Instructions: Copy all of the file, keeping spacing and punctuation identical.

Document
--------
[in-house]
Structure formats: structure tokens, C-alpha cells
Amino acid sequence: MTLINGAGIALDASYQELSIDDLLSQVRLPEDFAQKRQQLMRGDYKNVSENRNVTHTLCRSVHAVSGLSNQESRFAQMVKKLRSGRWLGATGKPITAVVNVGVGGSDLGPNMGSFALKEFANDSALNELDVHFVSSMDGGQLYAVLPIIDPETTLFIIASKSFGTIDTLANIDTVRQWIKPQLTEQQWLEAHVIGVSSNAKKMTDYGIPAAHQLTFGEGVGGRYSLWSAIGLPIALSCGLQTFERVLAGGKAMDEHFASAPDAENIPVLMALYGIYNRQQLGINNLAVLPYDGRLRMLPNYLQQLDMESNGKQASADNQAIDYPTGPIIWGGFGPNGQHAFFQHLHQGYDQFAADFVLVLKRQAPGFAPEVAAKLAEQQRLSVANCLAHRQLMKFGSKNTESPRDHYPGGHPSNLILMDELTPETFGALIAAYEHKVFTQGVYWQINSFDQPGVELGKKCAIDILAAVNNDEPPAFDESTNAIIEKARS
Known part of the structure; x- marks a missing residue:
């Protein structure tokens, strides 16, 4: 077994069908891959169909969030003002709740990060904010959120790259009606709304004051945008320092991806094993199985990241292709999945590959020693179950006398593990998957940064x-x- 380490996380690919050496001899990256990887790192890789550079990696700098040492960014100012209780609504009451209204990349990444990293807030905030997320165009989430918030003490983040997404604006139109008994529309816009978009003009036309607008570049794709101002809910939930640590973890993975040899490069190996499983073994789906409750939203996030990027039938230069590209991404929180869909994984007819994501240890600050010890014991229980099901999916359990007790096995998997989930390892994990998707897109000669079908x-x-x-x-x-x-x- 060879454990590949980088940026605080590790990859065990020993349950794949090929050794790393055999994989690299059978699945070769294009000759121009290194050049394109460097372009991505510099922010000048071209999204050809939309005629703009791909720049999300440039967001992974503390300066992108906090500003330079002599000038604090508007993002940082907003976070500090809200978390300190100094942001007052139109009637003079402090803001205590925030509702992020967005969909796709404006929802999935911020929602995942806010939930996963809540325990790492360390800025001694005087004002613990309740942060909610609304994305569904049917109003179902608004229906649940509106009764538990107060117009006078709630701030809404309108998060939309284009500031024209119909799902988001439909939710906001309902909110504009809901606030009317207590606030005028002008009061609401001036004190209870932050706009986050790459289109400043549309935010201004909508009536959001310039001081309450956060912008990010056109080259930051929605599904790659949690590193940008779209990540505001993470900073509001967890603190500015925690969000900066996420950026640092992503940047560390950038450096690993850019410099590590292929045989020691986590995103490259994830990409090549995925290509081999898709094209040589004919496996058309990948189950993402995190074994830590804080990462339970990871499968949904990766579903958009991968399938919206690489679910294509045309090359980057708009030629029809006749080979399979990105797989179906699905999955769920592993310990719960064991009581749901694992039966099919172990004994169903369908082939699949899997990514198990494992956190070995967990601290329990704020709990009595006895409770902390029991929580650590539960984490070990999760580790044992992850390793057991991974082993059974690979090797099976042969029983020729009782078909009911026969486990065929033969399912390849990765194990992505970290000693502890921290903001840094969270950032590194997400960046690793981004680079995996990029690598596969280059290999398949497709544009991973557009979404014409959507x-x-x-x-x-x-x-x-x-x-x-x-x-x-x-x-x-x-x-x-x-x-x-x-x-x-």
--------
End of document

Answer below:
[in-house]
Structure formats: structure tokens, C-alpha cells
Amino acid sequence: MTLINGAGIALDASYQELSIDDLLSQVRLPEDFAQKRQQLMRGDYKNVSENRNVTHTLCRSVHAVSGLSNQESRFAQMVKKLRSGRWLGATGKPITAVVNVGVGGSDLGPNMGSFALKEFANDSALNELDVHFVSSMDGGQLYAVLPIIDPETTLFIIASKSFGTIDTLANIDTVRQWIKPQLTEQQWLEAHVIGVSSNAKKMTDYGIPAAHQLTFGEGVGGRYSLWSAIGLPIALSCGLQTFERVLAGGKAMDEHFASAPDAENIPVLMALYGIYNRQQLGINNLAVLPYDGRLRMLPNYLQQLDMESNGKQASADNQAIDYPTGPIIWGGFGPNGQHAFFQHLHQGYDQFAADFVLVLKRQAPGFAPEVAAKLAEQQRLSVANCLAHRQLMKFGSKNTESPRDHYPGGHPSNLILMDELTPETFGALIAAYEHKVFTQGVYWQINSFDQPGVELGKKCAIDILAAVNNDEPPAFDESTNAIIEKARS
Known part of the structure; x- marks a missing residue:
């Protein structure tokens, strides 16, 4: 077994069908891959169909969030003002709740990060904010959120790259009606709304004051945008320092991806094993199985990241292709999945590959020693179950006398593990998957940064x-x- 380490996380690919050496001899990256990887790192890789550079990696700098040492960014100012209780609504009451209204990349990444990293807030905030997320165009989430918030003490983040997404604006139109008994529309816009978009003009036309607008570049794709101002809910939930640590973890993975040899490069190996499983073994789906409750939203996030990027039938230069590209991404929180869909994984007819994501240890600050010890014991229980099901999916359990007790096995998997989930390892994990998707897109000669079908x-x-x-x-x-x-x- 060879454990590949980088940026605080590790990859065990020993349950794949090929050794790393055999994989690299059978699945070769294009000759121009290194050049394109460097372009991505510099922010000048071209999204050809939309005629703009791909720049999300440039967001992974503390300066992108906090500003330079002599000038604090508007993002940082907003976070500090809200978390300190100094942001007052139109009637003079402090803001205590925030509702992020967005969909796709404006929802999935911020929602995942806010939930996963809540325990790492360390800025001694005087004002613990309740942060909610609304994305569904049917109003179902608004229906649940509106009764538990107060117009006078709630701030809404309108998060939309284009500031024209119909799902988001439909939710906001309902909110504009809901606030009317207590606030005028002008009061609401001036004190209870932050706009986050790459289109400043549309935010201004909508009536959001310039001081309450956060912008990010056109080259930051929605599904790659949690590193940008779209990540505001993470900073509001967890603190500015925690969000900066996420950026640092992503940047560390950038450096690993850019410099590590292929045989020691986590995103490259994830990409090549995925290509081999898709094209040589004919496996058309990948189950993402995190074994830590804080990462339970990871499968949904990766579903958009991968399938919206690489679910294509045309090359980057708009030629029809006749080979399979990105797989179906699905999955769920592993310990719960064991009581749901694992039966099919172990004994169903369908082939699949899997990514198990494992956190070995967990601290329990704020709990009595006895409770902390029991929580650590539960984490070990999760580790044992992850390793057991991974082993059974690979090797099976042969029983020729009782078909009911026969486990065929033969399912390849990765194990992505970290000693502890921290903001840094969270950032590194997400960046690793981004680079995996990029690598596969280059290999398949497709544009991973557009979404014409959507x-x-x-x-x-x-x-x-x-x-x-x-x-x-x-x-x-x-x-x-x-x-x-x-x-x-």